How to Make It
Pat duck breasts dry with a paper towel. Using a sharp knife, cut a 1/2-inch crosshatch pattern into the fatty skin, taking care not to penetrate the flesh underneath. Season both sides generously with 1 1/2 teaspoons salt. Sprinkle the meat sides with 1 1/2 teaspoons ras el hanout. Let stand, skin sides up, 30 minutes to 1 hour, until duck breasts come to room temperature.
Meanwhile, place couscous in a medium heatproof bowl. Combine chicken stock, zest, 1/2 cup orange juice, turmeric, and 1 1/4 teaspoons salt in a small saucepan. Bring to a boil over medium-high. Pour boiling liquid over couscous, and immediately cover bowl with plastic wrap. Set aside to allow the couscous to absorb the liquid while you prepare the duck.
Place duck breasts, fat sides down, in a cold large skillet. Place skillet over medium heat. Cook until duck skin is crisp and deep golden brown and most of the fat has rendered, 6 to 8 minutes. Flip duck, and cook, adjusting heat as needed, until thickest part of each breast registers 120°F to 125°F on an instant-read thermometer for medium-rare, 2 to 4 minutes. Transfer duck breasts to a cutting board, fat sides up; let rest about 10 minutes while you finish the dish.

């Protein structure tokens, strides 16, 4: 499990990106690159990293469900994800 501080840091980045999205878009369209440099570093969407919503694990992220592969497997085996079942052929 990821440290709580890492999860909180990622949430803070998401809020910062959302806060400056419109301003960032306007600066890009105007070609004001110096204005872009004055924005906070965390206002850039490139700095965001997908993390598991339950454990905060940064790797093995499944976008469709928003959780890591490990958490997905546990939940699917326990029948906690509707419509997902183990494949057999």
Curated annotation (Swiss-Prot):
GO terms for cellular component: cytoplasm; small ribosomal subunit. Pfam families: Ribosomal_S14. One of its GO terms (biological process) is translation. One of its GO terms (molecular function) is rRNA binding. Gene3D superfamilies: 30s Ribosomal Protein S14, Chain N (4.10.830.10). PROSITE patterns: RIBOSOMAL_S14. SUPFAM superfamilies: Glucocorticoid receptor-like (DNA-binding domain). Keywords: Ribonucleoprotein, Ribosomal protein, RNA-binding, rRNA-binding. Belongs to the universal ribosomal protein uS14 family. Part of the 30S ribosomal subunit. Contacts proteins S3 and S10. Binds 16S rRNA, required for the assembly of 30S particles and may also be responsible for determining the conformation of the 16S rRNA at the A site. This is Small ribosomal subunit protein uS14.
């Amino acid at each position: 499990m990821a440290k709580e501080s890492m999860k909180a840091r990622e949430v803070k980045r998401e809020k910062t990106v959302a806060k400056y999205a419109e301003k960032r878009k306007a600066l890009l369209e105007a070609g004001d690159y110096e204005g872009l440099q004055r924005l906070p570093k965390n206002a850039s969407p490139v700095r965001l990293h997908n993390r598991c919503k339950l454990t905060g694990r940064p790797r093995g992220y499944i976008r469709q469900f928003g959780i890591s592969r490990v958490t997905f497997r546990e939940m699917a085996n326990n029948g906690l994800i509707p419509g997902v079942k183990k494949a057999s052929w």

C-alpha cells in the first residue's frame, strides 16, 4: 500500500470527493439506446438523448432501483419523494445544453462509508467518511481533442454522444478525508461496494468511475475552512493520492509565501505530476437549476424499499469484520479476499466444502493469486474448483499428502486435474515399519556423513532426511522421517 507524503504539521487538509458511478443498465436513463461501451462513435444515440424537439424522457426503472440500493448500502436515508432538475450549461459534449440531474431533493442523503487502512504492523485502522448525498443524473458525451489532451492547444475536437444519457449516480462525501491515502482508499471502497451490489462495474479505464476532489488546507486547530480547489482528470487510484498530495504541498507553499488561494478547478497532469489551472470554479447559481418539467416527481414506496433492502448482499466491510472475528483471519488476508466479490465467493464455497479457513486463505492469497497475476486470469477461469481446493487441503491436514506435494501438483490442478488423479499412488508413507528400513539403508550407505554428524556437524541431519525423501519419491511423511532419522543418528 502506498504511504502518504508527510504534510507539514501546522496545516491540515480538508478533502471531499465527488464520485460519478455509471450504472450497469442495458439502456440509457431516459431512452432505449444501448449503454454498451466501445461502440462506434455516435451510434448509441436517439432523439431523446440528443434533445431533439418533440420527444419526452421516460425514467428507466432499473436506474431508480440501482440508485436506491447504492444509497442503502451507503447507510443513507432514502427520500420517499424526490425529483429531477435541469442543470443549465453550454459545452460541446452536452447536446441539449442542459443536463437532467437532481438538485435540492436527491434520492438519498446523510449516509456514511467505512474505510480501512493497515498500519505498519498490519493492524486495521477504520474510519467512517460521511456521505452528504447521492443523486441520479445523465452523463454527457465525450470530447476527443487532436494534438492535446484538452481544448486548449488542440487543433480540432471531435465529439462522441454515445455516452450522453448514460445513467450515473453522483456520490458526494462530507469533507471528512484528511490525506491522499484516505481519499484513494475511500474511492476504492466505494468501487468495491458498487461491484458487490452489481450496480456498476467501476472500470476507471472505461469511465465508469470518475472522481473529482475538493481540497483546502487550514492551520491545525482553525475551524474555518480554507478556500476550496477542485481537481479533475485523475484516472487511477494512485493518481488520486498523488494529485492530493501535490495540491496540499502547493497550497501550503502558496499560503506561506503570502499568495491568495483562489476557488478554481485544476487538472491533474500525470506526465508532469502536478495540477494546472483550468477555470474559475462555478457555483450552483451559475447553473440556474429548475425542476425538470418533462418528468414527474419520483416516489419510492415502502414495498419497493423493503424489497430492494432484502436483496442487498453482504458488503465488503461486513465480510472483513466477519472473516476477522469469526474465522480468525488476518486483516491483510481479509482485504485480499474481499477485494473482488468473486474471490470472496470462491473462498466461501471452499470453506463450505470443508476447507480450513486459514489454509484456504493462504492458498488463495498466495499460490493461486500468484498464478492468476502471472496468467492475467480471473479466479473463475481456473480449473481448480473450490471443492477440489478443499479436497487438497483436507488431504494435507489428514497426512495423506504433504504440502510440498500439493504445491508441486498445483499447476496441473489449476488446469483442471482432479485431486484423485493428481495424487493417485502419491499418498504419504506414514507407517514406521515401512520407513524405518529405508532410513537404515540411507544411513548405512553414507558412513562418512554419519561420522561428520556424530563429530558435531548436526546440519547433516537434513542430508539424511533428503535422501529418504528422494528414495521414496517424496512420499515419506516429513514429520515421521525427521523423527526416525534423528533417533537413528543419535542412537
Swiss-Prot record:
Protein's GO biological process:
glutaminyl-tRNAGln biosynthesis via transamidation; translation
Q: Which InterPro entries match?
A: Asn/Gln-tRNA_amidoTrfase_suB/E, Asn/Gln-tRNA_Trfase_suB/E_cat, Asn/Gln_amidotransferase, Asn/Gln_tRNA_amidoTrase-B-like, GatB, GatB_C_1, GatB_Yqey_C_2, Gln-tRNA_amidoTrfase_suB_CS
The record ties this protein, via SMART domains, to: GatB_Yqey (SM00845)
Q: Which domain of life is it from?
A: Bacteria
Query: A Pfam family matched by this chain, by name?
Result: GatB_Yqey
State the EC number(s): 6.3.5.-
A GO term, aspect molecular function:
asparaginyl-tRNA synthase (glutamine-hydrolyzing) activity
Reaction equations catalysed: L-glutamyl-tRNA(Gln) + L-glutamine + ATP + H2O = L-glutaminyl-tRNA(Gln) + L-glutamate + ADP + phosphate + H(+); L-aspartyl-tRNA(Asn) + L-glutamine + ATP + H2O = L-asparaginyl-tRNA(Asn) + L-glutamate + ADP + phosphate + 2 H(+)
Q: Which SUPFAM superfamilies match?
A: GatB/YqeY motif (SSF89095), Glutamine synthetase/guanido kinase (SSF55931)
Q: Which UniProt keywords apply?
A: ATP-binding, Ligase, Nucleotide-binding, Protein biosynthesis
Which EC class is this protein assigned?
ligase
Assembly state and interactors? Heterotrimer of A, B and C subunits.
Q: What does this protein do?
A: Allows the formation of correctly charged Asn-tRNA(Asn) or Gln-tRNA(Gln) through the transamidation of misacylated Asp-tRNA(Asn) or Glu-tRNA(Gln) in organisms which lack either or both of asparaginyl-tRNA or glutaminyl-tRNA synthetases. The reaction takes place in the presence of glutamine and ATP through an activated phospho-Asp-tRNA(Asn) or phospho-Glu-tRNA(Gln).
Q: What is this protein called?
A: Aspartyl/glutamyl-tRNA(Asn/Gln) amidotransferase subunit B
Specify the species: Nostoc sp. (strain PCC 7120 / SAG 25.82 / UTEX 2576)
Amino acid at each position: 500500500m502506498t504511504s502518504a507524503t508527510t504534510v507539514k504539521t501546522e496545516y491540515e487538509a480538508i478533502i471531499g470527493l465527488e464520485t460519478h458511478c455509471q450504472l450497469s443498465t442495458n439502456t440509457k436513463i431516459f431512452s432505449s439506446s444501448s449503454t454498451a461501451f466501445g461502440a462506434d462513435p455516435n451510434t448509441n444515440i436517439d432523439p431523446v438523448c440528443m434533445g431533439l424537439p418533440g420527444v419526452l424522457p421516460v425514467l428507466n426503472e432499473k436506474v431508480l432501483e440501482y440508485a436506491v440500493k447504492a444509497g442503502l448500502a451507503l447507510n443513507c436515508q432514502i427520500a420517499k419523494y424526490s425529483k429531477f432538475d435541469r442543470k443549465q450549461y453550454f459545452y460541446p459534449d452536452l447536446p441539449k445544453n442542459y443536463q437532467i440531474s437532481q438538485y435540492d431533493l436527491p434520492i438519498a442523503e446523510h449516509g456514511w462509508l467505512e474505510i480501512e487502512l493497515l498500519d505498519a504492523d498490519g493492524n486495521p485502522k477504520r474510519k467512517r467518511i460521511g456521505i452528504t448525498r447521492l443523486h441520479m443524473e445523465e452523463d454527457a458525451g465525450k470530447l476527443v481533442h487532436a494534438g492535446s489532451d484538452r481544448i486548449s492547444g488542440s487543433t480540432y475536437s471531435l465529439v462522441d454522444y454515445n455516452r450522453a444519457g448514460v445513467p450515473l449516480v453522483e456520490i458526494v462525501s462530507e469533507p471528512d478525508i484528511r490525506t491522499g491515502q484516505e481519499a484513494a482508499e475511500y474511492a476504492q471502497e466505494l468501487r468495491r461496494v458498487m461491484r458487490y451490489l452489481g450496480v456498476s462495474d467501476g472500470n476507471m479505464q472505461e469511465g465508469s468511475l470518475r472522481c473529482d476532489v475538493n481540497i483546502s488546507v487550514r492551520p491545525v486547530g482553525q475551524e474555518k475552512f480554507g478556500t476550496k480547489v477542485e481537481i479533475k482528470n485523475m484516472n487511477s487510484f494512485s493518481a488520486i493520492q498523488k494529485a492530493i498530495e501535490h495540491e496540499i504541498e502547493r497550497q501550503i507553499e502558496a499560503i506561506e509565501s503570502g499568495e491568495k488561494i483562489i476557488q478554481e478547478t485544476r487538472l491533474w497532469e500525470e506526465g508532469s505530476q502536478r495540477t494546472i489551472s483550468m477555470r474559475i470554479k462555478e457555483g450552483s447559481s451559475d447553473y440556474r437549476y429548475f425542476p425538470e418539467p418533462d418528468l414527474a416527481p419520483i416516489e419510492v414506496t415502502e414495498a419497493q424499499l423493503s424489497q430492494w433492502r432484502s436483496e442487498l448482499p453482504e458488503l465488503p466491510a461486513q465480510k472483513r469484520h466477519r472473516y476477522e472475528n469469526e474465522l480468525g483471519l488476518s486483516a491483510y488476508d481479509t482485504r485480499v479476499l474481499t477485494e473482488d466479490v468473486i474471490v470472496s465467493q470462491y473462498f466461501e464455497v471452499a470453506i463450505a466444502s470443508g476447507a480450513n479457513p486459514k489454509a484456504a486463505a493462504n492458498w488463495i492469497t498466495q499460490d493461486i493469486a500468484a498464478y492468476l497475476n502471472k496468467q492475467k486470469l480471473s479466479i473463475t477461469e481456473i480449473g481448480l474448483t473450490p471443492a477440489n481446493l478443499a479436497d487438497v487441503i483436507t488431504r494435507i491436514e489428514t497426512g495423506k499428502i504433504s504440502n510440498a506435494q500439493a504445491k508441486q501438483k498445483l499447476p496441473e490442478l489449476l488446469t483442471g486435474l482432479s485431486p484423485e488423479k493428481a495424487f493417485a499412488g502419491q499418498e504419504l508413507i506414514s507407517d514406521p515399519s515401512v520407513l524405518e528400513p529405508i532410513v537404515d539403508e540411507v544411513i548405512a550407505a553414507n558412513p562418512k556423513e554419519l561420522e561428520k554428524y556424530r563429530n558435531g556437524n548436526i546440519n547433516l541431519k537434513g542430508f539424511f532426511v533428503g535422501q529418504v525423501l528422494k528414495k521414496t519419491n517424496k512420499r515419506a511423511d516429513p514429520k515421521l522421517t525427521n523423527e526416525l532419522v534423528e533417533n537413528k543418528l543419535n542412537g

Pour off and reserve duck fat from pan. Add mandarin segments, honey, 1/2 teaspoon salt, remaining 1/2 cup orange juice, and remaining 1/2 teaspoon ras el hanout to pan. Bring to a simmer over medium-high, scraping up bits from bottom of pan. Simmer until juice is slightly thickened, about 2 minutes. Remove pan from the heat. Stir in 1/2 teaspoon salt.
Uncover couscous, and drizzle in 3 tablespoons hot reserved duck fat. Use the tines of a fork to comb the couscous layer by layer until loose and fluffy. Add parsley, mint, dates, and almonds; toss briefly to combine. Stir in remaining 1/2 teaspoon salt.
Spoon couscous into centers of warmed plates. Slice duck breasts against the grain, and arrange them on couscous. Spoon pan sauce and oranges over duck and around plates.